Trump is Scaring The Koch Brothers, Republican Donors Over 'Brutal' 2018 Midterm Elections

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GOP megadonors fear that President Trump's brash style cost Republicans their majorities in Congress. Chris Kleponis-Pool/Getty Images

President Donald Trump could jeopardize Republican majorities in the House and Senate in what is expected to be a "brutally tough" 2018 midterm election cycle for the party, officials at the Koch Brothers-funded Americans for Prosperity told top GOP donors.

Related: How Charles and David Koch plan to remake the Republican Party

"Let's be frank right up front: These elections are going to be brutally tough," CEO Emily Seidel said at the company's donor meeting. "Making the environment even more challenging this year are the high unfavorable ratings plaguing both President Trump and the Republican-led Congress."

AFP President Tim Phillips explained to donors just how challenging the election will be for Republicans.

"One last number I'll add: 80. That's the number of seats we believe that will be competitive in the end, this fall." he said. "Math's not my strong suit, but these are daunting numbers."

Phillips added that the network of groups associated with Charles and David Koch plan to spend approximately $400 million on the 2018 election cycle in an effort to save Republican Congressional majorities.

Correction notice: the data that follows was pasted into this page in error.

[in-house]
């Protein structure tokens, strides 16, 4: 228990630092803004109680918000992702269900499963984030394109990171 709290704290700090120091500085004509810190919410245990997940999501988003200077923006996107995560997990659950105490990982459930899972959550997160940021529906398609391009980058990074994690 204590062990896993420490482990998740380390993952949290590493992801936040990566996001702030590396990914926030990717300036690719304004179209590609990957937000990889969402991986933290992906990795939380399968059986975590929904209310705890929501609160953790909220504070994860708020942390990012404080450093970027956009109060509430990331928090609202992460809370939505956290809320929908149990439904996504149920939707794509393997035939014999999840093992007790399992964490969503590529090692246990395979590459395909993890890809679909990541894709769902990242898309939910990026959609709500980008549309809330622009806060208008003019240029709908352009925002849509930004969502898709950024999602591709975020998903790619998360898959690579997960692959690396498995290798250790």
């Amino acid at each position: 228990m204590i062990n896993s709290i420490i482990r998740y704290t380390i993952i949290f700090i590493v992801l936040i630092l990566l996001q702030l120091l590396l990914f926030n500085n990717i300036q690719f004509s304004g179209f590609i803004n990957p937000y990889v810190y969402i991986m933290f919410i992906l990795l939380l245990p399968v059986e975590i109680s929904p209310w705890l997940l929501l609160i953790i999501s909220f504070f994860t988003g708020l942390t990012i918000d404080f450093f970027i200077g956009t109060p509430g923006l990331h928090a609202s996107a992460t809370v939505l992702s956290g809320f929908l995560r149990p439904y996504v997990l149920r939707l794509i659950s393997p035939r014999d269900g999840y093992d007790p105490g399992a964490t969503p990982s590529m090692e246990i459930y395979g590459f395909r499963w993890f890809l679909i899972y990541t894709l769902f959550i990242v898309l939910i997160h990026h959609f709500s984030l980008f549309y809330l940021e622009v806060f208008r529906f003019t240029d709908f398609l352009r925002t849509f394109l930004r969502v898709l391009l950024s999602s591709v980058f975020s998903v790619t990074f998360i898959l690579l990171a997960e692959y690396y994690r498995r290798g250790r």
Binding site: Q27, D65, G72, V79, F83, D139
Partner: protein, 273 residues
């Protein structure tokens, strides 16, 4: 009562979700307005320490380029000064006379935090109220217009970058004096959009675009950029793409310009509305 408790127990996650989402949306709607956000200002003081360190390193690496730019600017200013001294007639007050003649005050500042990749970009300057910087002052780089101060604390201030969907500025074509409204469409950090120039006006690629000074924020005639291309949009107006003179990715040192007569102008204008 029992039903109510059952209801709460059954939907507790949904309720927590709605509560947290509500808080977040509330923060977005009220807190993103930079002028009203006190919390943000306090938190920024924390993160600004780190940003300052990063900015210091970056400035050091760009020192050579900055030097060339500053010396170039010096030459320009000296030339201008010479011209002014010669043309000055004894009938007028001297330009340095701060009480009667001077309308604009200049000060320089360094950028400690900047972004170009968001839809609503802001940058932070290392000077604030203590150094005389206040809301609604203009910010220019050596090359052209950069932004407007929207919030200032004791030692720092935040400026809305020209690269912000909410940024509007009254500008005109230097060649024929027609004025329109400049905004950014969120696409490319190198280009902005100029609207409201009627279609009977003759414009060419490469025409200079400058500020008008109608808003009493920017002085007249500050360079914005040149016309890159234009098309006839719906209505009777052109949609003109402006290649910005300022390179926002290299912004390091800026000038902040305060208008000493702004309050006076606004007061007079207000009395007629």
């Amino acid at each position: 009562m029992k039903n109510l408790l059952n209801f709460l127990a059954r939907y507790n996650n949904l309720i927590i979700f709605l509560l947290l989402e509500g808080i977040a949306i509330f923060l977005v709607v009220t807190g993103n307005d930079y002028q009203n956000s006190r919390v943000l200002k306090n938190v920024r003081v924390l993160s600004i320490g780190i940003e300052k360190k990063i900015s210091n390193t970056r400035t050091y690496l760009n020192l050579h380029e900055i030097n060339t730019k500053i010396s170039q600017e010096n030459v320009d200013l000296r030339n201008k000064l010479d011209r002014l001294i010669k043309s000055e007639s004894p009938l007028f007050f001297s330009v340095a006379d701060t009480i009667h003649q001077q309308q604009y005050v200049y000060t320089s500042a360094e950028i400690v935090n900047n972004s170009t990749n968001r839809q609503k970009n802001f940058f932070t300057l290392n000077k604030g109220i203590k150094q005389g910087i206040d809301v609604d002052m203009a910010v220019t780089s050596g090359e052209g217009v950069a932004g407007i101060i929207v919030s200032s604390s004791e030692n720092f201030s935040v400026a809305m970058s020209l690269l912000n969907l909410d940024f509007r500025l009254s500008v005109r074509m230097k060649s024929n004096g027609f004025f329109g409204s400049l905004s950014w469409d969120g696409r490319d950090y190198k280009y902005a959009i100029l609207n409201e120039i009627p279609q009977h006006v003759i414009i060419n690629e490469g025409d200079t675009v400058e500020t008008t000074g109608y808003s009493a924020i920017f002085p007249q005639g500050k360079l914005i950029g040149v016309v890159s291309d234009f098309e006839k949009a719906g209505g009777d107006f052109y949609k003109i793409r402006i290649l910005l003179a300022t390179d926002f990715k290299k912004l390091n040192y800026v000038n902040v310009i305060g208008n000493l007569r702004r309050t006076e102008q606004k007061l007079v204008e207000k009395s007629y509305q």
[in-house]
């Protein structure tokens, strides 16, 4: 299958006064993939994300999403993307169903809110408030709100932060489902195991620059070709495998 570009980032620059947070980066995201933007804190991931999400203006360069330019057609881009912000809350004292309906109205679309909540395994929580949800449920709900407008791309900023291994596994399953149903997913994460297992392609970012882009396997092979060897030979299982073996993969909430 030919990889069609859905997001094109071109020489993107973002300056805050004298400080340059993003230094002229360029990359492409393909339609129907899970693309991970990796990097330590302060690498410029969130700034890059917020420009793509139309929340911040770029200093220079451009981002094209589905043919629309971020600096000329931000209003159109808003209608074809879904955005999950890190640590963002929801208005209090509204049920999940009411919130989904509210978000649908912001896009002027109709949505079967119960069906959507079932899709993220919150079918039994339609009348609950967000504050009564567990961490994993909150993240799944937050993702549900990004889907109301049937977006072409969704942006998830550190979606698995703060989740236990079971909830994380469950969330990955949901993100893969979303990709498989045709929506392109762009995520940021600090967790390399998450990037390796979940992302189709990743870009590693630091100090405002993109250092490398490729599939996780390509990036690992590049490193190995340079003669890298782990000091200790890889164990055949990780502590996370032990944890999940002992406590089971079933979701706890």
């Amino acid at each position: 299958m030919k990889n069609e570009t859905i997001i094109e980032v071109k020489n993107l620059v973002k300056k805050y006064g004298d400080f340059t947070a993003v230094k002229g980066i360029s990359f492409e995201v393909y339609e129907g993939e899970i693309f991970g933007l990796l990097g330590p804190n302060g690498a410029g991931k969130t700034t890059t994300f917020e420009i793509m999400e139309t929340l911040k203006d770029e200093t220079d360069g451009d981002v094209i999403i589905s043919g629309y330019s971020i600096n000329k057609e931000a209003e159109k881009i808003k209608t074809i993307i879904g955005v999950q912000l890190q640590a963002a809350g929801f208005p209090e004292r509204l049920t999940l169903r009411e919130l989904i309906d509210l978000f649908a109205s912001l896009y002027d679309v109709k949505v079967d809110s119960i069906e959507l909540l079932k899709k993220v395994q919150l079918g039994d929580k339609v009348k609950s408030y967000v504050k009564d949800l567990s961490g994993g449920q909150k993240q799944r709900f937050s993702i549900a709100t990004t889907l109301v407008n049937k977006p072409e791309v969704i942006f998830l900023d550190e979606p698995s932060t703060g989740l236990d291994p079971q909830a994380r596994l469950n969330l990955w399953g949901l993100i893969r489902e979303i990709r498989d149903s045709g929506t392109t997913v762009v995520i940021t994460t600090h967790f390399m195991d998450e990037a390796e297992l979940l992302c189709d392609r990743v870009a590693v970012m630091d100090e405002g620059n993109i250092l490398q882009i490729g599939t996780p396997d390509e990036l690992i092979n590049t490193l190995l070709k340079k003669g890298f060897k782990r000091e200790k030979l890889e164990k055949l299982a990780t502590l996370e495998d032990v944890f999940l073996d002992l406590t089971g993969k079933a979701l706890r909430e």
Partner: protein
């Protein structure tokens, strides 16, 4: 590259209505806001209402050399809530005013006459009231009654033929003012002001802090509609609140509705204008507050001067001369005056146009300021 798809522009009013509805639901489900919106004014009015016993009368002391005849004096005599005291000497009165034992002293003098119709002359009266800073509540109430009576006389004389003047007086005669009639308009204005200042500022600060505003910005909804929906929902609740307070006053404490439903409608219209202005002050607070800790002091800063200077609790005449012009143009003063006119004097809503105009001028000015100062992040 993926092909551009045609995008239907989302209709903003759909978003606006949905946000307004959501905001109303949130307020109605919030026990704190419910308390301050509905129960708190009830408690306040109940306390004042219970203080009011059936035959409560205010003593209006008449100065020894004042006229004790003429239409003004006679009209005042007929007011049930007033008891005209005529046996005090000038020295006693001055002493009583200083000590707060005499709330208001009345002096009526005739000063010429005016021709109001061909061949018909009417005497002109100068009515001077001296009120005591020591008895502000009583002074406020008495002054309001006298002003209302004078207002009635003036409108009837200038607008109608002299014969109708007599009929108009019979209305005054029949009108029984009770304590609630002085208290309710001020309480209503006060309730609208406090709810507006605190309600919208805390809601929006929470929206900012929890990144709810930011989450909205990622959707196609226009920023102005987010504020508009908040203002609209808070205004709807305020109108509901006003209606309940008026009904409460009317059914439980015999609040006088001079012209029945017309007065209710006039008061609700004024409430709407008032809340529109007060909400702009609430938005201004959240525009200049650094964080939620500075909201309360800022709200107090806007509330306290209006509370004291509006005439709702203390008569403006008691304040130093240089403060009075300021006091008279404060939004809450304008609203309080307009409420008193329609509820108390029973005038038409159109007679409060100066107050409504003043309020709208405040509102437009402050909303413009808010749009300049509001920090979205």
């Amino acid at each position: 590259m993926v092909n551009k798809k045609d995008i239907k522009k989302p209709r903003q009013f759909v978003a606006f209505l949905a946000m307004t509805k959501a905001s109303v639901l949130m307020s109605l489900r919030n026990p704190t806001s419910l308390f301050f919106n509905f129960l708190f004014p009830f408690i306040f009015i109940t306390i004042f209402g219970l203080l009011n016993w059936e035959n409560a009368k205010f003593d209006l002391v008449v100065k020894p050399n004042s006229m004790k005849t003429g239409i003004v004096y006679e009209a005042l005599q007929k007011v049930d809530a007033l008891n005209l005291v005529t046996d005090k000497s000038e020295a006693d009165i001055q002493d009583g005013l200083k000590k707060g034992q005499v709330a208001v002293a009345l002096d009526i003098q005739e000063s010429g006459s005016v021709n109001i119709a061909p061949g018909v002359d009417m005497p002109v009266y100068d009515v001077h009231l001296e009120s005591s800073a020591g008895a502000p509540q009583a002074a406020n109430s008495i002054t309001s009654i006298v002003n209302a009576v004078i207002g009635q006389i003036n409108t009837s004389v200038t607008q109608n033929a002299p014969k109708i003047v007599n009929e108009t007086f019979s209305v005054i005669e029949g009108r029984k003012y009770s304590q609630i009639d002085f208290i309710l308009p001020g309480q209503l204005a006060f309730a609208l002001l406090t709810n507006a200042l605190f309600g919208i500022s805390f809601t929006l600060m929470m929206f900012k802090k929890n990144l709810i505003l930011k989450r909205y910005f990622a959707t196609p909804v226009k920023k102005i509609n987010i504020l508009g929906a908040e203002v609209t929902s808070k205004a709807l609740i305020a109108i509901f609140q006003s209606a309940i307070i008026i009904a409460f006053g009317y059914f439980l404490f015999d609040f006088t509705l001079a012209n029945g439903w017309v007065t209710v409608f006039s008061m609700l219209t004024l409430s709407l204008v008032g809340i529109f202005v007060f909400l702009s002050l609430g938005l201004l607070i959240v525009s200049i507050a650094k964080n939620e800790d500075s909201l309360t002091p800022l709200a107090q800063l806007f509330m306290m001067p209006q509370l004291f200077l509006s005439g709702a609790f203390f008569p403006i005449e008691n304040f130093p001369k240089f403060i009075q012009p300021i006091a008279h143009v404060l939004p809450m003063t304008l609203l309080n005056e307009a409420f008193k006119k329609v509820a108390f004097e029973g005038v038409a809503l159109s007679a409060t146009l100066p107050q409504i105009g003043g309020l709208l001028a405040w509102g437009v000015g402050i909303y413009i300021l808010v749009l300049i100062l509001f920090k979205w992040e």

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GOP megadonors fear that President Trump's brash style cost Republicans their majorities in Congress. Chris Kleponis-Pool/Getty Images

Recent electoral results have favored Democratic candidates across the country as Democrats picked up double digit seats in the Virginia state legislature, flipped a historically conservative Wisconsin state Senate seat in a recent special election and won a U.S. Senate seat in Alabama for the first time in 25 years. These results have Republicans scrambling to develop a strategy to avoid losing their 24-seat majority in the House and their two-seat majority in the Senate.

Republican strategists and donors expect that their efforts won't be enough, with many predicting that the party will likely lose the House. Further, the recent retirement of a handful of Republican Congressmembers have created additional problems in competitive districts that might have swung right for an incument candidate.